2008 was a year when environmental news was perhaps more prevalent than any other -- from green campaign promises to plastic bottle scares to the staycation -- but some names were in the headlines much more frequently than others. Here are five of the most environmentally newsworthy people of the year, both good and bad. Who would be on your list?
Al Gore -- Fresh off the momentum from his recent Nobel prize, Gore continued to spread his climate-change message around the country and the world. He gave a speech in Washington this past July in which he challenged the U.S. to produce 100 percent of our electricity from renewable sources within the next 10 years. Gore also continued his work with the We Campaign, which had an aggressive marketing campaign throughout the election, and later met with President-elect Obama to discuss climate change. Some were disappointed he wasn't appointed to an environmental cabinet position, while others were relieved. But even though he won't be serving Obama directly, expect Gore to stay in the spotlight.
James Hansen -- Hansen, a leading NASA climate change scientist who first testified in Congress about the dangers of global warming decades ago, made headlines in the spring for two statements. The first was his research that set a goal of 350 parts per million of atmospheric carbon dioxide to prevent Earth from going beyond the tipping point for catastrophic climate events, like rising sea levels. The second was his controversial statement that oil executives should go on trial for crimes against humanity for their involvement in climate change -- a charge that was widely derided. Though the idea of trials may have been going too far, Hansen's scientific findings are respected worldwide.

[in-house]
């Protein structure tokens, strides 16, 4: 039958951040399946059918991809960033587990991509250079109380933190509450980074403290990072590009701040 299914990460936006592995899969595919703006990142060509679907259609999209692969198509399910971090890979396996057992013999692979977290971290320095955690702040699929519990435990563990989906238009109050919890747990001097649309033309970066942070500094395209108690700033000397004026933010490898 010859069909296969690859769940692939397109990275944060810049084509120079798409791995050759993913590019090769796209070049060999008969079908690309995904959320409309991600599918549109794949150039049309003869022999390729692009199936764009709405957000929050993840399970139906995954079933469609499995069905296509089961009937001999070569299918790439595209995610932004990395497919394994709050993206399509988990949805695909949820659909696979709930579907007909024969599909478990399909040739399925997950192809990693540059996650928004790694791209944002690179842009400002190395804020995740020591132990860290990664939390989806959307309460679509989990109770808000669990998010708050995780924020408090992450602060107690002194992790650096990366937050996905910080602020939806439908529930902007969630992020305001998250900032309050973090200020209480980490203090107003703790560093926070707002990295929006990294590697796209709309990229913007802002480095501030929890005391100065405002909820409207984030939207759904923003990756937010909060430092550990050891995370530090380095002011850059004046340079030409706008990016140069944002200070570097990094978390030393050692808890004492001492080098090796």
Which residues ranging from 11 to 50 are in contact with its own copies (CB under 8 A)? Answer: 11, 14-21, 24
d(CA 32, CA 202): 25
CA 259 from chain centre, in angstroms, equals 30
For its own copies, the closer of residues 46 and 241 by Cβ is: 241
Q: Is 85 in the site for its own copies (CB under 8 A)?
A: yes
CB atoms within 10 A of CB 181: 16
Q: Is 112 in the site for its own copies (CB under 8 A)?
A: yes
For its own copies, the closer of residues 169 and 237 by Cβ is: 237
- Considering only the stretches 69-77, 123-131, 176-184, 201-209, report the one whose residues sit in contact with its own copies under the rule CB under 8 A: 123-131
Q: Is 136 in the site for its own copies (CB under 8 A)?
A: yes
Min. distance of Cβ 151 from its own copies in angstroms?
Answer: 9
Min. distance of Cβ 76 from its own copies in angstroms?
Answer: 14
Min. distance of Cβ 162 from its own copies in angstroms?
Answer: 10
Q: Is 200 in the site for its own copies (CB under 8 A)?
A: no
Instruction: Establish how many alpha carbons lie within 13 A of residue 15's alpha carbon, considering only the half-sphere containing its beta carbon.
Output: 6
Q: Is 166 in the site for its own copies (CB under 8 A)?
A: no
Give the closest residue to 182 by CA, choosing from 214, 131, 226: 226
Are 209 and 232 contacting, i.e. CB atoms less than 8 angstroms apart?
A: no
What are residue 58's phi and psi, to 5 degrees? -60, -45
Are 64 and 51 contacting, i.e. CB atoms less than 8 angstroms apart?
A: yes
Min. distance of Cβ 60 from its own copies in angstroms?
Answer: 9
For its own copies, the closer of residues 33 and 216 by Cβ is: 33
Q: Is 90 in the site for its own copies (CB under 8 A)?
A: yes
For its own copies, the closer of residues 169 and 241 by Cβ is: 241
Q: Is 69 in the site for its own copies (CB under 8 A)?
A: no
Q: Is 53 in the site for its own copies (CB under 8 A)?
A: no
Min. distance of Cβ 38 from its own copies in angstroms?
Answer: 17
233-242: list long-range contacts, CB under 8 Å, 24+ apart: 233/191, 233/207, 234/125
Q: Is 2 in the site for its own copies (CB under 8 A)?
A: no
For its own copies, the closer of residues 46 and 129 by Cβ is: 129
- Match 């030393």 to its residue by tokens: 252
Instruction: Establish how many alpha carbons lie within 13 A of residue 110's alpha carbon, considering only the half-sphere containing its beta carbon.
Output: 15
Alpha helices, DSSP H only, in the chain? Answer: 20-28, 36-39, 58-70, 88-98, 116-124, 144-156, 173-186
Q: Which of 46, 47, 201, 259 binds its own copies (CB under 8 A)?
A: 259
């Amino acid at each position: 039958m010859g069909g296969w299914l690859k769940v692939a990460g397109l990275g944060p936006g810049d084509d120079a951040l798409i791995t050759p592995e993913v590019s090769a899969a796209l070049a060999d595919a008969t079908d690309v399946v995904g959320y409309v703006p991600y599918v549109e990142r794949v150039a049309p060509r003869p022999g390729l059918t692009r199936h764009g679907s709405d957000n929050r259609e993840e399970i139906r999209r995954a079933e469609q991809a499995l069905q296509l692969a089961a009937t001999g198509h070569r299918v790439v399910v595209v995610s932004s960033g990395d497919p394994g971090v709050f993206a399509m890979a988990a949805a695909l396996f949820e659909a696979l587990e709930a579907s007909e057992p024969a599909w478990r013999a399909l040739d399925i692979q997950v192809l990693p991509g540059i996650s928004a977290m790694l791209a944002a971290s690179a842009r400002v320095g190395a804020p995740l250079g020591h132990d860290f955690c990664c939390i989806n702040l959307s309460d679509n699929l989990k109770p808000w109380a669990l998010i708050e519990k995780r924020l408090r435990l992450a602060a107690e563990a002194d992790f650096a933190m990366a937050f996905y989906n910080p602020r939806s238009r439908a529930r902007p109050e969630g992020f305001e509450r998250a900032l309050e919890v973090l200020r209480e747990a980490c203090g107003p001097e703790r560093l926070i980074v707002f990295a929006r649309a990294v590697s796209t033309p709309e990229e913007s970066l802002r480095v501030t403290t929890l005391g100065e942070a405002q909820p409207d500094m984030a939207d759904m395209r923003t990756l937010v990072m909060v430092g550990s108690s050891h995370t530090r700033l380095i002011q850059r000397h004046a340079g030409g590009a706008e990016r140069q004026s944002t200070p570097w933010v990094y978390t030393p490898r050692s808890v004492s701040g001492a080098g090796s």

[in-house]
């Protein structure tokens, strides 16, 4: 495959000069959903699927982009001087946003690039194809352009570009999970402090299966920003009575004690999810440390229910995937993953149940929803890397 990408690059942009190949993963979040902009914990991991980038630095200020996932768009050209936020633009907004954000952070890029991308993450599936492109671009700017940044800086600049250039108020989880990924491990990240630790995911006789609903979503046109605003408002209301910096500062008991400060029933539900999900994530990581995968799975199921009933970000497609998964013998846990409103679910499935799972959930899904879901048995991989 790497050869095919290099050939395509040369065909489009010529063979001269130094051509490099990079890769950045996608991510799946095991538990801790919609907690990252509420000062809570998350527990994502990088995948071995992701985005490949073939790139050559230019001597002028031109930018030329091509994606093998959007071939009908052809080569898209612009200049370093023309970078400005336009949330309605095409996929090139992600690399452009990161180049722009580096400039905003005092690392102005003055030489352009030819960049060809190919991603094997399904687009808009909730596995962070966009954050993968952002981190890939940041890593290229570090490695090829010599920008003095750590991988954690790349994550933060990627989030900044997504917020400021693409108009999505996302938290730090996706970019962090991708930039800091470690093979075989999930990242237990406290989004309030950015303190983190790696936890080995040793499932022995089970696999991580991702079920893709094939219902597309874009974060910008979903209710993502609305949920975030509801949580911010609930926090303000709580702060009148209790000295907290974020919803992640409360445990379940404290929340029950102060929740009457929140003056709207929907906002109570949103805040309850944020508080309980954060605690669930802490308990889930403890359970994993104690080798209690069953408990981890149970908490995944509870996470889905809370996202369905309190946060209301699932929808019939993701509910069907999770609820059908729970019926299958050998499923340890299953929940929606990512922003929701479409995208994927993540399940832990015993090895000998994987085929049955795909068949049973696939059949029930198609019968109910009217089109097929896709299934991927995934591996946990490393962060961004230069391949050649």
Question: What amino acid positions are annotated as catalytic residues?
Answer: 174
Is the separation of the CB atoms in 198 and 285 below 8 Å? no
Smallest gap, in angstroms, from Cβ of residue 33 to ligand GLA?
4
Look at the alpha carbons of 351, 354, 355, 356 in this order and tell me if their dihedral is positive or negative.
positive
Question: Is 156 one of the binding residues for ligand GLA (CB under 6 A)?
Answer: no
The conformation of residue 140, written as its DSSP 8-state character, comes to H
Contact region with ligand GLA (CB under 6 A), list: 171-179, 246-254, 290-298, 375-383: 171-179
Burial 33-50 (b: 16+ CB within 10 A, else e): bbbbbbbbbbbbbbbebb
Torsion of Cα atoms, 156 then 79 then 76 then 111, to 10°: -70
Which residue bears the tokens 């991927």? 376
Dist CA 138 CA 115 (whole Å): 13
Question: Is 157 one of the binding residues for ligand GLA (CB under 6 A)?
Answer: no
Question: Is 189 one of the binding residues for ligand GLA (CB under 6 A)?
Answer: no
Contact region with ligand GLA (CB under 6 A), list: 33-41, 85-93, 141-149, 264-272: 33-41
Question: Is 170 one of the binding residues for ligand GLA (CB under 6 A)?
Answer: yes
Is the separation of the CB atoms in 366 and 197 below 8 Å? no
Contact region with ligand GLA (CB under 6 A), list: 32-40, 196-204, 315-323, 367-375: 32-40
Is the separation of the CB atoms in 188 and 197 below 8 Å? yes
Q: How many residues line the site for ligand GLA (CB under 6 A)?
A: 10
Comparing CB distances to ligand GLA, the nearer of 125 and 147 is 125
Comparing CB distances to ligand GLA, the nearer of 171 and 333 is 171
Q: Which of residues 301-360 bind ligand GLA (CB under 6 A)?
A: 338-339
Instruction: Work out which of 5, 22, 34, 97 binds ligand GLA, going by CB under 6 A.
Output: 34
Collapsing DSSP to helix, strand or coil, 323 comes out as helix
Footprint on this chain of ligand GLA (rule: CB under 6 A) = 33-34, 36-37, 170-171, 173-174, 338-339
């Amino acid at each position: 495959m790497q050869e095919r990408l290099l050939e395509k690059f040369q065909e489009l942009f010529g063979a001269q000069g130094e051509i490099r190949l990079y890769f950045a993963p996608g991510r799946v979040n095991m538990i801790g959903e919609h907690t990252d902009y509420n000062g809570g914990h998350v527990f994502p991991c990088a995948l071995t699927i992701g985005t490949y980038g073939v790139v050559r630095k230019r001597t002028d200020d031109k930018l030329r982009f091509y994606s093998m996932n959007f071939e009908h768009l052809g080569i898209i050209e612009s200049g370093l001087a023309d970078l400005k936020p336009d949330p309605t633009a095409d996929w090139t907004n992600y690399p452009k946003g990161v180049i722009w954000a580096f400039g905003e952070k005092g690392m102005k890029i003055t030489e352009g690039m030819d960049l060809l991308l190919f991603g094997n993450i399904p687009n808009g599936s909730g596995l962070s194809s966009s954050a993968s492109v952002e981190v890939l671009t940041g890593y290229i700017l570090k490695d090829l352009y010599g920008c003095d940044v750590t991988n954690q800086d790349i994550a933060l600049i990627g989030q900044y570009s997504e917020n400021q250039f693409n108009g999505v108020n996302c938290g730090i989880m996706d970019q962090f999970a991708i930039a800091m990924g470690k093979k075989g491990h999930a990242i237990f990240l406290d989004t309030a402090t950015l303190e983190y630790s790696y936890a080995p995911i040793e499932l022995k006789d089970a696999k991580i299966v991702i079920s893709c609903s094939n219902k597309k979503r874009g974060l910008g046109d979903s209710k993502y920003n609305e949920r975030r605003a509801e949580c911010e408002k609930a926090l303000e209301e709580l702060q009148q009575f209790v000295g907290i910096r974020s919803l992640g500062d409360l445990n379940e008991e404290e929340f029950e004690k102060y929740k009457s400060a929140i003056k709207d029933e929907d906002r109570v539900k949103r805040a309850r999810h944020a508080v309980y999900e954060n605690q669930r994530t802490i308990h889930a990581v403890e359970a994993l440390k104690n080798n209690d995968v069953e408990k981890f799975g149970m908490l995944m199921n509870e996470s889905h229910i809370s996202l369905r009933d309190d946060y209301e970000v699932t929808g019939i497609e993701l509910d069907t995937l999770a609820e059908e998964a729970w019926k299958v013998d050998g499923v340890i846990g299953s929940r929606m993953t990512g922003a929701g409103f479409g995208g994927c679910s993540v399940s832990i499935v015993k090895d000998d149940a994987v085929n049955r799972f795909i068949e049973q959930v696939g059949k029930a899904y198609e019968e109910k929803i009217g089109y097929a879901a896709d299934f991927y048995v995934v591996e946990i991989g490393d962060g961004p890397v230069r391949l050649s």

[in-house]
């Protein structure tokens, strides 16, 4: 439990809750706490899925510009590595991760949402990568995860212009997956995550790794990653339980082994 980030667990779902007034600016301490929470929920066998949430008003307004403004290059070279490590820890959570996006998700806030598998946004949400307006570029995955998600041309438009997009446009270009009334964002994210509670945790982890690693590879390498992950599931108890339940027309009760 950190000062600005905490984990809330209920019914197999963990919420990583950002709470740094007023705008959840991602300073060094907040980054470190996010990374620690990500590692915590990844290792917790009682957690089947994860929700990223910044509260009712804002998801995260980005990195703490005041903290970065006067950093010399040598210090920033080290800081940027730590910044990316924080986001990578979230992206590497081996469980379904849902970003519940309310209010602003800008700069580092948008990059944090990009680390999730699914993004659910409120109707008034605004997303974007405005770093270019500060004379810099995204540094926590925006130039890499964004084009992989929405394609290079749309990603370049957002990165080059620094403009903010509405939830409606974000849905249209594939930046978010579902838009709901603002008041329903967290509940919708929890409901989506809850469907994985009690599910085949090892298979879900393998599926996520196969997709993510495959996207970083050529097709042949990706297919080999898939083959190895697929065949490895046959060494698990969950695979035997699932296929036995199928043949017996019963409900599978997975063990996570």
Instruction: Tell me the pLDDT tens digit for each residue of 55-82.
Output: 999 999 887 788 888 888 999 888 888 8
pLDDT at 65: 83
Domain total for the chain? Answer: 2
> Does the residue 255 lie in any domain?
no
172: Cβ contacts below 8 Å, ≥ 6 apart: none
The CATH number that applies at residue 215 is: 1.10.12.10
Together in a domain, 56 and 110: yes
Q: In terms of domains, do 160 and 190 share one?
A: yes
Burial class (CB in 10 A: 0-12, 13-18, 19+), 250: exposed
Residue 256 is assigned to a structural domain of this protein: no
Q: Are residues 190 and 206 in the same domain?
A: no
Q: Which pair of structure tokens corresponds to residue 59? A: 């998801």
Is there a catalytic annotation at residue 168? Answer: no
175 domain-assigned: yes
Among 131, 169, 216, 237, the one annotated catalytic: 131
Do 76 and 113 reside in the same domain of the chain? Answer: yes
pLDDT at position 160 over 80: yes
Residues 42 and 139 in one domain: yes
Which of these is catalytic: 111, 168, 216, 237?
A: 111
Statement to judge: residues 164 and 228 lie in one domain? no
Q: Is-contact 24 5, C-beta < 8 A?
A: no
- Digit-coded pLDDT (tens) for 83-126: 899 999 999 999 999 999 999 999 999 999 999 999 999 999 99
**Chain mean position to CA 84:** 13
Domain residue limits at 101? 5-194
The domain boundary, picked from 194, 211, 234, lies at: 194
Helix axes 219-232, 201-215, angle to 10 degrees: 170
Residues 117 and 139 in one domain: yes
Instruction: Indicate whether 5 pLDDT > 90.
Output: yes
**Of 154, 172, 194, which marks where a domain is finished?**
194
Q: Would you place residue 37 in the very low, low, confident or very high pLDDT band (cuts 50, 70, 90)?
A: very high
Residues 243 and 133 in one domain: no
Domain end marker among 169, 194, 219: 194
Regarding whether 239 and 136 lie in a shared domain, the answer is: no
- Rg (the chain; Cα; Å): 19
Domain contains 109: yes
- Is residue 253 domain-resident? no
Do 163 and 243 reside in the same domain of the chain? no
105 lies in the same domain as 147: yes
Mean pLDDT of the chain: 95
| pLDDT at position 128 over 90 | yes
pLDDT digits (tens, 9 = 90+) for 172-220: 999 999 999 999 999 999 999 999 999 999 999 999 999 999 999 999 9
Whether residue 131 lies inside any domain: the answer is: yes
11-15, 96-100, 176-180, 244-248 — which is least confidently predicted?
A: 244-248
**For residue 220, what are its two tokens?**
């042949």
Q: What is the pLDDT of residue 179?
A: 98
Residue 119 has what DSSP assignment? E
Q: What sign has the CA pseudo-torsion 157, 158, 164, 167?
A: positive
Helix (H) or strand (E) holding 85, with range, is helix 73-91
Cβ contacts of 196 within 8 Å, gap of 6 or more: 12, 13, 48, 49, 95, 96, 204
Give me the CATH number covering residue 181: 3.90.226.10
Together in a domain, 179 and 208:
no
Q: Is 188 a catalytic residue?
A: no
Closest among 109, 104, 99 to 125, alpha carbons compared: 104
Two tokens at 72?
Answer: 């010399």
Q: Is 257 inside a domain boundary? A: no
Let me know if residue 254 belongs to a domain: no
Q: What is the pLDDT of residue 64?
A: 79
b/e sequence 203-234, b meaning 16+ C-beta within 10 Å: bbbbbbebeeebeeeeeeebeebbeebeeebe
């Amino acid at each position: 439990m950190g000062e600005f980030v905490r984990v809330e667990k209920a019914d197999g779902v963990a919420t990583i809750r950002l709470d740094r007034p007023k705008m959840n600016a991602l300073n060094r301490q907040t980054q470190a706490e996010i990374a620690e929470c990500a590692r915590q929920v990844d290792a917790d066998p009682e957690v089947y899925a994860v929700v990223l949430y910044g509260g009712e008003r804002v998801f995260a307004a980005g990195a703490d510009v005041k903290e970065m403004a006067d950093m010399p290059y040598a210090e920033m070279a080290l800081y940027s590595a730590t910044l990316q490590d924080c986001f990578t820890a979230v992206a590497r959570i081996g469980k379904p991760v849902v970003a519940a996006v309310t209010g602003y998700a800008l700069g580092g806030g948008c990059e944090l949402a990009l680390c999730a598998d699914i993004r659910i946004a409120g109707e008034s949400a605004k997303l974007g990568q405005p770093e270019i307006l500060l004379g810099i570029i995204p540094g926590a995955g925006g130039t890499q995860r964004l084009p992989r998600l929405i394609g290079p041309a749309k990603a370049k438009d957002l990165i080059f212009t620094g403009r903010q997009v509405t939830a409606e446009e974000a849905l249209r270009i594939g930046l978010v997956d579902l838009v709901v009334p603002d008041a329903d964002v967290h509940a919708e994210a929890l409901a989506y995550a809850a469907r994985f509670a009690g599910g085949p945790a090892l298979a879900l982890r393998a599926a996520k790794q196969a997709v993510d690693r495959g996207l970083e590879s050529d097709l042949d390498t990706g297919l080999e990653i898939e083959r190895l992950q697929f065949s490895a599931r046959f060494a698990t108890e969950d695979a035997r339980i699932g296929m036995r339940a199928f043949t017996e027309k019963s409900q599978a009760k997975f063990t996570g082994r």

T. Boone Pickens -- The Texas oilman makes the list for his widely-publicized Pickens Plan, naturally, which was met with equal parts praise and skepticism when he revealed it in July. The plan made Americans consider wind power as a viable, clean alternative to our carbon-spewing norm, and Pickens took the liberty of planning the largest wind farm in the world, in Texas. The farm was originally set to debut in 2014, but has been delayed due to the financial crisis. The plan raised some eyebrows among those who thought the billionaire as just out to make a billion more -- a claim he quickly dismisses, saying that he has plenty of money. He's shilling his plan to lawmakers, environmentalists and the media -- will there be any takers?
Sarah Palin -- Three words put Palin on this list: "Drill, Baby, Drill." The chant, like the woman, inspired enthusiasm or venom -- certainly, no lukewarm feelings. Palin was considered an environmental disaster (or hero, for those who agreed with her scientifically unsound views), championing drilling in the Arctic National Wildlife Refuge, shooting wolves from a helicopter, and famously saying that the cause of global warming "kinda doesn't matter." But it was back to Alaska for Palin, at least for now, while green voters and Tina Fey enjoy the respite from her anti-science rhetoric and perky eye winks.
Barack Obama -- A hero to the environmentally-minded, Obama has pledged to make climate a priority in his administration, whether through green jobs or a federal cap-and-trade system. Green job creation, especially in research and development of alternative fuels, has been a longtime part of Obama's plan for economic stimulus. After the election, Obama devoted an address to environmental issues, saying that he would invest $15 billion each year towards a clean energy future, whether solar power, wind power, next generation biofuels, or nuclear power. He's appointed a team of scientists and experts to environmental cabinet positions, and his decisions have so far been met with praise. He even wants to convert the presidential motorcade to plug-in hybrids. It's safe to say that he's off to a green start.